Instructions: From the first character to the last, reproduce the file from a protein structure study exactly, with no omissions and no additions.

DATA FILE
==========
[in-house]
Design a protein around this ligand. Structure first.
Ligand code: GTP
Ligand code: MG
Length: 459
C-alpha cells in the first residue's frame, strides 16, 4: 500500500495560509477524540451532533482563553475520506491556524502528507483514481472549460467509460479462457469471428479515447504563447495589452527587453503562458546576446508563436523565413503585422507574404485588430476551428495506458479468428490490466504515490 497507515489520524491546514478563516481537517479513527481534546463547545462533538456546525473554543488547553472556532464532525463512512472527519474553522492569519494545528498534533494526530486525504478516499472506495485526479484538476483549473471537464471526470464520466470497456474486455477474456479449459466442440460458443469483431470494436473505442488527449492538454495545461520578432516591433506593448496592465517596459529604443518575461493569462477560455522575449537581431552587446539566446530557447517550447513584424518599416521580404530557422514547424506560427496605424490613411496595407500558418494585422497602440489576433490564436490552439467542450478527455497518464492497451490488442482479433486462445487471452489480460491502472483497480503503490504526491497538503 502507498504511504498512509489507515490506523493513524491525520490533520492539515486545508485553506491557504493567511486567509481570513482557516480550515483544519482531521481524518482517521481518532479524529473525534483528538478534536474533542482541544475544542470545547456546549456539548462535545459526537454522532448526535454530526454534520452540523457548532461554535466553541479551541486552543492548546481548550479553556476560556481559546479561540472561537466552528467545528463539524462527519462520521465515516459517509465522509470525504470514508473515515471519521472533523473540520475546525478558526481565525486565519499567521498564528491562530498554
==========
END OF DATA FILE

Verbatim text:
[in-house]
Design a protein around this ligand. Structure first.
Ligand code: GTP
Ligand code: MG
Length: 459
C-alpha cells in the first residue's frame, strides 16, 4: 500500500495560509477524540451532533482563553475520506491556524502528507483514481472549460467509460479462457469471428479515447504563447495589452527587453503562458546576446508563436523565413503585422507574404485588430476551428495506458479468428490490466504515490 497507515489520524491546514478563516481537517479513527481534546463547545462533538456546525473554543488547553472556532464532525463512512472527519474553522492569519494545528498534533494526530486525504478516499472506495485526479484538476483549473471537464471526470464520466470497456474486455477474456479449459466442440460458443469483431470494436473505442488527449492538454495545461520578432516591433506593448496592465517596459529604443518575461493569462477560455522575449537581431552587446539566446530557447517550447513584424518599416521580404530557422514547424506560427496605424490613411496595407500558418494585422497602440489576433490564436490552439467542450478527455497518464492497451490488442482479433486462445487471452489480460491502472483497480503503490504526491497538503 502507498504511504498512509489507515490506523493513524491525520490533520492539515486545508485553506491557504493567511486567509481570513482557516480550515483544519482531521481524518482517521481518532479524529473525534483528538478534536474533542482541544475544542470545547456546549456539548462535545459526537454522532448526535454530526454534520452540523457548532461554535466553541479551541486552543492548546481548550479553556476560556481559546479561540472561537466552528467545528463539524462527519462520521465515516459517509465522509470525504470514508473515515471519521472533523473540520475546525478558526481565525486565519499567521498564528491562530498554